Pestalozzi started a new institute in the town of Yverdon, after the government forced him to leave Burgdorf castle in 1804. His institute became famous very quickly as witnessed by a stable and emotionally healthy school environment utilizing the Pestalozzian method. During its prime, his institute had 165 students ranging from age 7-15, thirty-one teachers, plus staff and family members, totaling 250 people (Bruhlmeier, 2019). Pestalozzi was known for accepting very low enrollment fees with nearly one third of students not paying at all due to poverty. The teachers were not paid wages but did receive room and board for their services. Again, Pestalozzi found his school suffering financially. Pestalozzi was known for his unselfish ways and loving intentions but lacked the necessary organizational skills needed to run a school. Many visitors came daily to observe classroom learning/teaching of the Pestalozzian method and the overall school environment. He often told visitors “not to judge his school based merely on the success of the class or what one learns externally but look at a student’s character, behavior and disposition” (Gutek, 2011). He stated, “the power of the brain and the power of the heart do not have the same value” (Bruhlmeier, 2019). Pestalozzi believed that a child’s capabilities should only be measured by their own individual merit, so the normal standardized tests and reports common to most schools today and introduced during this time did not exist at his school. Another important aspect he brought to the classroom was the creation of the group process of instruction. He believed for children to individually stand and recite a lesson before the teacher was not only inefficient, but it failed to promote socialization among the students (Gutek, 2011). Eventually, the Yverdon school closed due to lack of structure and executive direction.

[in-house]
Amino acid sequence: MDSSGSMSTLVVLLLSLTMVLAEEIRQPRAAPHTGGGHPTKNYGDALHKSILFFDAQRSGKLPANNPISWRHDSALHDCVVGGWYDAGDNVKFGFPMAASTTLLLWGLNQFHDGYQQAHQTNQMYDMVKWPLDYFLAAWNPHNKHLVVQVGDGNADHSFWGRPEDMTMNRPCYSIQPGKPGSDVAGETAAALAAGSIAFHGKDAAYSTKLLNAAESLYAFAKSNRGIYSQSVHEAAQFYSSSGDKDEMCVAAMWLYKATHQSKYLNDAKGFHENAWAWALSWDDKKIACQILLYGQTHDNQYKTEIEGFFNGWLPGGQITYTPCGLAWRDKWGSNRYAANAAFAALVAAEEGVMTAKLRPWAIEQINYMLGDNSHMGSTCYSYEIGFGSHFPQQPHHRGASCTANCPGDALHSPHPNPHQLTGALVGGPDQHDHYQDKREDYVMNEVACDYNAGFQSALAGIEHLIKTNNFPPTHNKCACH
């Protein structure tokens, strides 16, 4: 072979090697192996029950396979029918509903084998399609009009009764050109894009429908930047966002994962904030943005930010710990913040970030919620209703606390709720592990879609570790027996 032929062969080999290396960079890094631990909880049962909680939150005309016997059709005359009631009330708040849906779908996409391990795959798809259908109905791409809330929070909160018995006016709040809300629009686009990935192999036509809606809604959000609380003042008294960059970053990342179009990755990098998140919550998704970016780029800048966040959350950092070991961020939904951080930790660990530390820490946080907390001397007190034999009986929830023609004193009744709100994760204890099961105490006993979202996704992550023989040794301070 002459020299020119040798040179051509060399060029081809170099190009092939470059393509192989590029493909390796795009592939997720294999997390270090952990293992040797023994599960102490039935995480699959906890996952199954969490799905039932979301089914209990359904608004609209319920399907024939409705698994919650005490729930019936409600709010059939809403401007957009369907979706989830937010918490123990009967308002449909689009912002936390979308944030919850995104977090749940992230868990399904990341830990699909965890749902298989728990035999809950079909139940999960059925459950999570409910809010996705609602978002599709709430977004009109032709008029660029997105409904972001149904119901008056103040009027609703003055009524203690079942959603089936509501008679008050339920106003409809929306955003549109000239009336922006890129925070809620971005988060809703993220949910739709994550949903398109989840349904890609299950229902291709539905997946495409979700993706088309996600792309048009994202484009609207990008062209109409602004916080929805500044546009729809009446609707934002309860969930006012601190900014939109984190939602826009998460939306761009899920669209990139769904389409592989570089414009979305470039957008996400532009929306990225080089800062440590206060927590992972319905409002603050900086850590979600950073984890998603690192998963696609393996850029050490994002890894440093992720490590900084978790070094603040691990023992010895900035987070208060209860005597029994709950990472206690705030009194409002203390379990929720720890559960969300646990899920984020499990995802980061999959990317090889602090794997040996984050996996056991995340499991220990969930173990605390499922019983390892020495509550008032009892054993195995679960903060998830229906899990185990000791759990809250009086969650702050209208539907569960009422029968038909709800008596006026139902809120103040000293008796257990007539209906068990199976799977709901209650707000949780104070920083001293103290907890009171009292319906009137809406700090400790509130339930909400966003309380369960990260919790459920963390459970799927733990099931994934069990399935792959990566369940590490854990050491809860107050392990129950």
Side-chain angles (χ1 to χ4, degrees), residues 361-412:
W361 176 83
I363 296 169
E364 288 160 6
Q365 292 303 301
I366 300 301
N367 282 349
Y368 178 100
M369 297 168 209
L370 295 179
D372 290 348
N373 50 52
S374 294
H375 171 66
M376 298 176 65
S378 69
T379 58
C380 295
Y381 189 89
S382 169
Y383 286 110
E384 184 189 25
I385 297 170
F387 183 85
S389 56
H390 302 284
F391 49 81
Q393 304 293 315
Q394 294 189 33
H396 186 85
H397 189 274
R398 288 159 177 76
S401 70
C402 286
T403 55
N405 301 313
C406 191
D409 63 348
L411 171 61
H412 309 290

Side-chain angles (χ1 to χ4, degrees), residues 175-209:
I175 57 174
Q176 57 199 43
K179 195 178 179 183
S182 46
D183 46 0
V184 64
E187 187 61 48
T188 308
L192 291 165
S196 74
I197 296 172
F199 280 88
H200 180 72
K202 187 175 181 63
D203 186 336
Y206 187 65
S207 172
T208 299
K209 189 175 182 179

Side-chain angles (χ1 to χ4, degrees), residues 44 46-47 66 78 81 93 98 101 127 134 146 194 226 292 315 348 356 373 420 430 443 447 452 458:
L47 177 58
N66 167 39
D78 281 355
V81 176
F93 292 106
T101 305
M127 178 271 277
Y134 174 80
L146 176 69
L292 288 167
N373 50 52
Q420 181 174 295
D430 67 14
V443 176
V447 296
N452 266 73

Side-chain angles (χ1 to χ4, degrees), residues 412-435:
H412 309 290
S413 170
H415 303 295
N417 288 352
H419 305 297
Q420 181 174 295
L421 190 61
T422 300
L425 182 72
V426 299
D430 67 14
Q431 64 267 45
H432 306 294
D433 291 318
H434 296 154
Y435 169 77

Pestalozzi continued in his writing and moving his theory of education forward. He was first and foremost a humanitarian, making love the center of his educational method and life. His ideas are very relevant today, especially witnessing children from dysfunctional or abusive homes often requiring a safe place free from violence and fear. This can and often does start in our school environments. He continued to advocate that teachers need to provide a caring and emotionally stable classroom environment before teaching any type of subject or skills. This is commonly observed in our elementary schools. He also stressed the desire of collaboration between home and school which again is very relevant to today’s school environment, stating “every household should hold the basic elements of all true human education within its walls” (Kilpatrick, 2013).
Many of his innovations are now a part of todays educational landscape especially among our elementary schools. His Pestalozzian method has been a great influence on education and has tremendous relevance today. For these reasons, he has been given the title, Father of Modern Education.
- Bruhlmeier, A. (2019). Heinrich Pestalozzi: A Comprehensive Documentation. Retrieved from: http://www.en.heinrich-pestalozzi.de
- Gutek, G. (2011). Historical and Philosophical Foundations of Education. 11, 157-177. Upper Saddle River, NJ: Pearson Education Inc.
- Johann Heinrich Pestalozzi, (2019). Retrieved from: www.jhpestalozzi.org
- Johann Heinrich Pestalozzi, (2019). Theory and Impact of Education. Retrieved from: www.study.com
- Kilpatrick, W. (2013). Johann Heinrich Pestalozzi: Pedagogy, Education, and Social Justice. Retrieved from: www.Infed.org
- Knight, G. (2006). Philosophy and Education: An Introduction in Christian Perspective. 3, 51-54. Berrien Springs, MI: Andrews University Press.
- Pestalozzi World, (2019). Retrieved from: www.pestalozziworld.com